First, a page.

By the way -- for those who read / are going to read the Patterson and Hayes paper (which I'd encourage), there's a very recently added IJCV edition which does scene classification with the predicted attributes: http://cs.brown.edu/~gen/pub_papers/SUN_Attribute_Database-Patterson_et_al.pdfI was very curious about this personally and was very surprised that the original CVPR paper did not do this.
David: Thanks for the pointer. One point - It seems that when self-similarity, gist and geometric color histogram are combined with HoG, the performance is similar to that obtained by just HoG (a slight improvement when no. of training examples are increased). But when these low level features are combined with predicted attributes, there accuracy increases by ~5% over varying numbers of training examples. I am curious to know what if only HoG + predicted attributes were used for scene categorization task. One problem that authors have reported is seemingly the low dimensions of the attribute-feature-space. I am not sure if it has been tried before or not, or how much it works -- Instead of just keeping a probability score of a particular attribute-classifier as a feature, max-pooling is done and for each classifier 5 scores are retained. Further instead of just saying that this image is this much likely to contain attribute 'A', how good is to say that these are likely positions for attribute 'A'?
Interesting catch on HOG doing nearly the best. Two thoughts: (1) their features came from the original SUNS paper and so this probably motivated sticking with everything as well. (2) this is averaged over all the attributes: it might be that geometric context is crucial for a small number of attributes (i.e., contributes ~0.5% overall, but makes or breaks 10 important attributes).As for localized attributes, that would be interesting, although certain attributes here are definitely global (e.g., closed / open)
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1. Under the heading, 'Representational structure within cortical regions' on Page-7325, the third line states -- "Given the limited acquisition volume possible at our high-resolution, our scene-selective regions included both TOS and PPA but not RSC." Does this mean that due to infrastructural issues they were not able to include RSC in their studies?2. As we know (as in 2014) that there are some works which show that RSC contains information about spatial layout (open, close) more than PPA, how will the conclusions in this paper modify?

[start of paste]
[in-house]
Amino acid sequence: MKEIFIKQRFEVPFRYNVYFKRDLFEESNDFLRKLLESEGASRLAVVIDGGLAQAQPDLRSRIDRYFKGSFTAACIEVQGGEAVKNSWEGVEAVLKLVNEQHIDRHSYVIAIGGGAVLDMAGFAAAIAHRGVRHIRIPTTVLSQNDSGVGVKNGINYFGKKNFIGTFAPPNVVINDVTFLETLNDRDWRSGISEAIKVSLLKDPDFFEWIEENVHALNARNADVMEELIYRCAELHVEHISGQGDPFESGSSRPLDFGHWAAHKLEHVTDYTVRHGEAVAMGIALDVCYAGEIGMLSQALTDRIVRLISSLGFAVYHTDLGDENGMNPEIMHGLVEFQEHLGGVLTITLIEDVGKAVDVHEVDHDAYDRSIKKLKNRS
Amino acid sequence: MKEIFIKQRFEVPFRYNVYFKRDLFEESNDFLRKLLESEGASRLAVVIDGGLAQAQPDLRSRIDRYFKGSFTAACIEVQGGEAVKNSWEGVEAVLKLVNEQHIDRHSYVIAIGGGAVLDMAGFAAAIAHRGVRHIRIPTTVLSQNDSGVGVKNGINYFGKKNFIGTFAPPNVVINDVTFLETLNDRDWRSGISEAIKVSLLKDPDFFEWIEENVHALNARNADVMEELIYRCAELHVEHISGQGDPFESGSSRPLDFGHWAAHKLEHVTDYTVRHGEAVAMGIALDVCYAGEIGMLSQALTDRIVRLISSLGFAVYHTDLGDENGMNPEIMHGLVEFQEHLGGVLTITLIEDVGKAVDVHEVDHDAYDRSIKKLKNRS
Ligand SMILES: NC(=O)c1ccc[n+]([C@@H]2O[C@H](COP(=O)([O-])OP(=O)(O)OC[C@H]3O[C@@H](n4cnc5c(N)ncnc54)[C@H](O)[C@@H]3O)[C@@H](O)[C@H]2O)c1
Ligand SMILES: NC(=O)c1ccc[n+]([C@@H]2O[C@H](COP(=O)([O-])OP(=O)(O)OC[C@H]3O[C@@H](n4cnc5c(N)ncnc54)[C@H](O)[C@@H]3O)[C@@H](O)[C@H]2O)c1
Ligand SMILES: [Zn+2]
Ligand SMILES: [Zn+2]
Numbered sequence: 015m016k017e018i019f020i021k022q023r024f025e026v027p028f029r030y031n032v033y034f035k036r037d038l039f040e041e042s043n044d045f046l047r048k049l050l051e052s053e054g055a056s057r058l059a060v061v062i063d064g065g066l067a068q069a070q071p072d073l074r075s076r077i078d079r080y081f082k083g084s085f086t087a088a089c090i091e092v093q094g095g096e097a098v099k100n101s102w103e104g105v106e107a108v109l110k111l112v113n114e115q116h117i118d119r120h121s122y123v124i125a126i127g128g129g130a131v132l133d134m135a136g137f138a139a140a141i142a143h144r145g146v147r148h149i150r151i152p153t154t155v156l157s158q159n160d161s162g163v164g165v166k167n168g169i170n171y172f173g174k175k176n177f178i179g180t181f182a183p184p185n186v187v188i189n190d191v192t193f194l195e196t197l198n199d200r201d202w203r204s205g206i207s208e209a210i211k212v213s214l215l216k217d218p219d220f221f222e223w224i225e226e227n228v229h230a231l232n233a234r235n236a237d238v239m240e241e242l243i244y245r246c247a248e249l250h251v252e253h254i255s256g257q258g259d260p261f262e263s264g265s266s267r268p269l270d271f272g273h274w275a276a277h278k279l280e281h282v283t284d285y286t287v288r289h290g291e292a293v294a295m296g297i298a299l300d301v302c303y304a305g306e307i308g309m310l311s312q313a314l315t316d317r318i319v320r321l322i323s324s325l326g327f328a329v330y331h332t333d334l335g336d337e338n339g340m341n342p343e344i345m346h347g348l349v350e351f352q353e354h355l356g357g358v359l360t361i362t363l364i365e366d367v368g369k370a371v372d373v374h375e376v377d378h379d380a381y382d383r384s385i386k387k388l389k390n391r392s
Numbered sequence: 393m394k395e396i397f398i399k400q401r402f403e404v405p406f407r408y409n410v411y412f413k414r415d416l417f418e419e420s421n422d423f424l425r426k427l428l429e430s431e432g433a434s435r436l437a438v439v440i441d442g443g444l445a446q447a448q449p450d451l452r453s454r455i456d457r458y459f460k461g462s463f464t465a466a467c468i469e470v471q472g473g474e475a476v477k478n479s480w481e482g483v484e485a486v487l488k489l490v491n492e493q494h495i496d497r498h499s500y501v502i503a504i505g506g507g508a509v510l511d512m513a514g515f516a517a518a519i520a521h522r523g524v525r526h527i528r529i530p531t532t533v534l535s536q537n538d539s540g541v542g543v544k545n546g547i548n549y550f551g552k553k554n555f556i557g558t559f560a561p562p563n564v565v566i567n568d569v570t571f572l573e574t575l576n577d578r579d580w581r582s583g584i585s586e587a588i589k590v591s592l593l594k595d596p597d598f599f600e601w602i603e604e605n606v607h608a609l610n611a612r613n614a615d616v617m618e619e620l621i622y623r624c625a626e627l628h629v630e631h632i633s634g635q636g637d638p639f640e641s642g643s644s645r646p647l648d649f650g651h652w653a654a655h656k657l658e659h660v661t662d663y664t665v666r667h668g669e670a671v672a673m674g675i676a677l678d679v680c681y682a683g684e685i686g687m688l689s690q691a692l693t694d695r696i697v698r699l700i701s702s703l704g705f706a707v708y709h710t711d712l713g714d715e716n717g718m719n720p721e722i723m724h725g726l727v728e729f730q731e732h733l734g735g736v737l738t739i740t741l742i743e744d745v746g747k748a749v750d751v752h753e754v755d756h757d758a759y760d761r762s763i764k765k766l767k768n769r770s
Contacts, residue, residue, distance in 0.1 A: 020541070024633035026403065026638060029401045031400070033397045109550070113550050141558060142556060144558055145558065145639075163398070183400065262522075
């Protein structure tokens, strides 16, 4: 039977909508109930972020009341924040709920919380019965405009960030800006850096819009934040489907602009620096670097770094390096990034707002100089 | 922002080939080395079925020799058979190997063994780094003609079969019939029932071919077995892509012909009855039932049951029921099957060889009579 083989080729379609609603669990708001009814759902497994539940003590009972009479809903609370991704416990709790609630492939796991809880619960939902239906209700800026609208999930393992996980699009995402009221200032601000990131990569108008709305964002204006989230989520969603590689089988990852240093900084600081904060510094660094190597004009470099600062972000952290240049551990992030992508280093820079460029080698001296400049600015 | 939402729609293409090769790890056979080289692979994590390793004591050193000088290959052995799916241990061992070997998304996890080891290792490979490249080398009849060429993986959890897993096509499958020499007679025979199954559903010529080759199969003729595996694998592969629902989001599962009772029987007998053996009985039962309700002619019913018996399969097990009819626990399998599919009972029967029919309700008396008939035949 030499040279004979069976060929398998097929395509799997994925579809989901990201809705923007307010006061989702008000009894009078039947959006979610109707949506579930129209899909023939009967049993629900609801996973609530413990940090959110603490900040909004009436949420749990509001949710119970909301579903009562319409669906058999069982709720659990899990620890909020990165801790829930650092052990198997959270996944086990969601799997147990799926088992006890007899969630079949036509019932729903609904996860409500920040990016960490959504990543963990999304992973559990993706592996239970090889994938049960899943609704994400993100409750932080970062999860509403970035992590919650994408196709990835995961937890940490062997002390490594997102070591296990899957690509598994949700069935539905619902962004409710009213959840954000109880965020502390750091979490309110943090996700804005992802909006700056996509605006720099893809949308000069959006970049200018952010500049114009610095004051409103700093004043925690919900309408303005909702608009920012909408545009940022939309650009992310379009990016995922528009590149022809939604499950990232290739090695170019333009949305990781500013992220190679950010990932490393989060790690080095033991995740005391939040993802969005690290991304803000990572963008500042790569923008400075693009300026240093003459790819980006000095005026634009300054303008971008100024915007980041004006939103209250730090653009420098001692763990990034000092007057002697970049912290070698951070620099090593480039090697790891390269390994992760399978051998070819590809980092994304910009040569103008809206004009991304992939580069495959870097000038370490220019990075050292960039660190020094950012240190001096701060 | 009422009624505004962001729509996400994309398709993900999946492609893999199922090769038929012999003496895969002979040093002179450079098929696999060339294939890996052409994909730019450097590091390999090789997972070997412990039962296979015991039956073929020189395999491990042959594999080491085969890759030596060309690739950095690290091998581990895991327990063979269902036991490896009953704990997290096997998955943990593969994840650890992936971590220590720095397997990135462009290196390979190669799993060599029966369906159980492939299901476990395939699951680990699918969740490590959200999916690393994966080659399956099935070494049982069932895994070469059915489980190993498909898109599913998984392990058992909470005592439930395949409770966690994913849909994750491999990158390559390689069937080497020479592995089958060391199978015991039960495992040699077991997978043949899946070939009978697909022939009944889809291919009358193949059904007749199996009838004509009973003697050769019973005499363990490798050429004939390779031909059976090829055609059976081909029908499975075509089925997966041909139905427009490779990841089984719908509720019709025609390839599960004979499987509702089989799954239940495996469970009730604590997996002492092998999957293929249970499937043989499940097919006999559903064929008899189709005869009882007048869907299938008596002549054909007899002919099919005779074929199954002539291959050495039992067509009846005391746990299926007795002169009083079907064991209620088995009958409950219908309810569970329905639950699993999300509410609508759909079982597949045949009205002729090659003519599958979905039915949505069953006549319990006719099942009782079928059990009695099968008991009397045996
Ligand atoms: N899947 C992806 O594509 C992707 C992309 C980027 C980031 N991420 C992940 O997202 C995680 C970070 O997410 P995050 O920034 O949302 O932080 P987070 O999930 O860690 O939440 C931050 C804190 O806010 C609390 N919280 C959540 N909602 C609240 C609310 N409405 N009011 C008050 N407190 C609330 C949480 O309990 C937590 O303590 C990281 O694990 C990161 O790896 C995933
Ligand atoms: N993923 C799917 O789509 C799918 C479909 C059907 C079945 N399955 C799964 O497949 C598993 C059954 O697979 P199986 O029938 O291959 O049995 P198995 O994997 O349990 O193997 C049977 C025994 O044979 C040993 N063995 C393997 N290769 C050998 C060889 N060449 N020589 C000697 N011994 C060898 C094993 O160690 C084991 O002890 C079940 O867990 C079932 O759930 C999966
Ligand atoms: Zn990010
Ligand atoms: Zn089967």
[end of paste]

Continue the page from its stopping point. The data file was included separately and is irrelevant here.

With regards to the first question, I think the high resolution scans were obtainable only from the technology that can penetrate only the outermost layers of the cranium, and the RSC is deeply inset, next to the hippocampus.With regards to the latter, I don't see why their argument is diminished at all by that discovery. They do claim that it is a complex, distributed task, and their main claim is that the PPA is distinguishing scenes at the macro level on the basis of spatial difference, which still holds.
As a note, the authors mention in the 'Selectivity analysis' section that about 76% of the 'scene-processing selective' voxels lay within their predefined regions, which covers the majority. I would also agree that the fact that the PPA discriminates scenes based on spatial information would still be valid.
In the discussion, it is mentioned that "low-level representations may be important in supporting quick discriminations of complex stimuli, whereas high-level representations are specialized to support more abstract or specialized actions (e.g., navigation)". I wonder how much the brain's representations will change depending on the task, and which parts of the processing will be invariant to the task being performed? Personally it feels different when I am looking at a scene passively, vs when I am looking at a scene with the intent to identify it, vs when I am trying to navigate. In this paper, it was mentioned that the subjects were looking out for changes in the fixation cross. I wonder if this could push the subjects towards perceiving the scenes more passively, and as a result high level semantic properties of the scene (which may require more focus to pick out) are underrepresented.